After a day’s workshop in Forest Park in Saitama on general climbing techniques and two days on rigging in Azumino in the Nagano prefecture, I once again have a number of people to thank for making this happen: the Niikura family and all at KEM Japan for being well organized and the most gracious and generous hosts conceivable, Takashi Osaka for, once again, bearing with my ramblings and – apparently – tirelessly translating the full three days, Paul Poynter for his support and insights during the workshops – and the people who came from all over Japan to this event, without you this would have been only half as much fun!
I hold the professionalism of Japanese climbing arborists in the highest esteem, once again I was humbled and impressed by the focused and concentrated attitude displayed by the whole group, we had seventy people for the weekend, who were on the ball from the word go right up until the end. I am happy to be able to be able to offer this small contribution towards welcoming this group into the climbing arborist community, as I feel their contribution is meaningful, important and profound.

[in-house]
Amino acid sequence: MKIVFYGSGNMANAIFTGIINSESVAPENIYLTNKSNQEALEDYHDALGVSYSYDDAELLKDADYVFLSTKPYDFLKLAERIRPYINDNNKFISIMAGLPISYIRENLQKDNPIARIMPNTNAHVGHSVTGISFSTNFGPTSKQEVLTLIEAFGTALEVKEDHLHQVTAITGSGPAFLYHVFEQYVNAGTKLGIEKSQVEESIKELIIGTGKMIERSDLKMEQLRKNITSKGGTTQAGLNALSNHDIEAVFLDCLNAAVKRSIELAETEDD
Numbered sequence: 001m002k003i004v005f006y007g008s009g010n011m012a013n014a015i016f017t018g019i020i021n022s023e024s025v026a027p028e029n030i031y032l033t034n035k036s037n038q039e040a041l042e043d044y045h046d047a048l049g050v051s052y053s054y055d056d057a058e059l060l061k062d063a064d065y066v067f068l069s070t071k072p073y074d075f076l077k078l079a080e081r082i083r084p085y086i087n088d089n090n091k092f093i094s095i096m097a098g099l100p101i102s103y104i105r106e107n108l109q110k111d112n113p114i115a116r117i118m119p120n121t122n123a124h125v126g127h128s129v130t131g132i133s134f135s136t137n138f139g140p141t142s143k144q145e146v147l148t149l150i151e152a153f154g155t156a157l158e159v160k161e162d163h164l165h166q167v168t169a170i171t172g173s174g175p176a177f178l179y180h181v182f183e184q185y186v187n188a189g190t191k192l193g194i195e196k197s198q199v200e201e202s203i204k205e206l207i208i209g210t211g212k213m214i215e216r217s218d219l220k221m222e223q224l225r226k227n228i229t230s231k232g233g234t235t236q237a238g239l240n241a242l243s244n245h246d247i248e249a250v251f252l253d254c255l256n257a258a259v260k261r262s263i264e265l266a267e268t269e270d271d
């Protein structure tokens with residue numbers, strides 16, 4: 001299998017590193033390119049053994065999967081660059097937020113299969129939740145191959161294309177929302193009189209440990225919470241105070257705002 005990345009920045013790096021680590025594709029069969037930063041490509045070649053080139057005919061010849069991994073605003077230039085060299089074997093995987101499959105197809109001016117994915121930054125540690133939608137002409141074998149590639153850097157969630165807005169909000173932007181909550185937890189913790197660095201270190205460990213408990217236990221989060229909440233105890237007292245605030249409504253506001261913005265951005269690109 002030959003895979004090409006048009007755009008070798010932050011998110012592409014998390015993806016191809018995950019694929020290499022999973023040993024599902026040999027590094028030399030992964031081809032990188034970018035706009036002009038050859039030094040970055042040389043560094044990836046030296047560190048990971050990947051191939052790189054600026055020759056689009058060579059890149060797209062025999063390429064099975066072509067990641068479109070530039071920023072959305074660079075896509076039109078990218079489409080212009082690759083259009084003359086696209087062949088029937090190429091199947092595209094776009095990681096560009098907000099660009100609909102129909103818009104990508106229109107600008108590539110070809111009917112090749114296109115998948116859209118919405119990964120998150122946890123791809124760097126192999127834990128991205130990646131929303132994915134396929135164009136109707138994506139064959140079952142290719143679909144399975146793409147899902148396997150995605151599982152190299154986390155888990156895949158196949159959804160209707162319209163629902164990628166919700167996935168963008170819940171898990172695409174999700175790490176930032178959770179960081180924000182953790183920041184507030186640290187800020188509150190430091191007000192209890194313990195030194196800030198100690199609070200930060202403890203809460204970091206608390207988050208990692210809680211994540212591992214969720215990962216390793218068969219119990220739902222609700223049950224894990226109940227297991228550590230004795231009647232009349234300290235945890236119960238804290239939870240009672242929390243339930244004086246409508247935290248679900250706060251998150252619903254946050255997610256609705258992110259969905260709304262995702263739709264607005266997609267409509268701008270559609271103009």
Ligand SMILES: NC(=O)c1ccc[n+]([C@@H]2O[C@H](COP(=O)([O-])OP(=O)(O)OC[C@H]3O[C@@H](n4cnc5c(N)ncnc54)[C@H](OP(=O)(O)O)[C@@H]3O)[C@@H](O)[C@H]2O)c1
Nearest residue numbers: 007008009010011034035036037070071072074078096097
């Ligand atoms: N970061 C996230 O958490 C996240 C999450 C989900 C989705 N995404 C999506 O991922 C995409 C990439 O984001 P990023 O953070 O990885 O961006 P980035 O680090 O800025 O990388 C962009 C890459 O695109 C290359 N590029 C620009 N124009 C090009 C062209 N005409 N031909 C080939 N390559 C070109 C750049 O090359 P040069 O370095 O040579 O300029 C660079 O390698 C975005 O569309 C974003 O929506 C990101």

The lodge we stayed in in Azumino, Teicho Sanso, was stunningly beautiful with a rather lovely couple running it – we were able to do the whole rigging workshop on site. I was super-excited to be able to demo all ten generic A and B rigging scenarios as defined in the Rigging Research over the course of the two days, something I have never done before. This created a very clear structure along which we were able to discuss not only rigging tools and techniques, but also the thought process behind planning and managing such operations – as well as emergency planning.
Off for the day to Tokyo tomorrow, then flying home Tuesday. Ahhhhh, the joys of long-haul flights…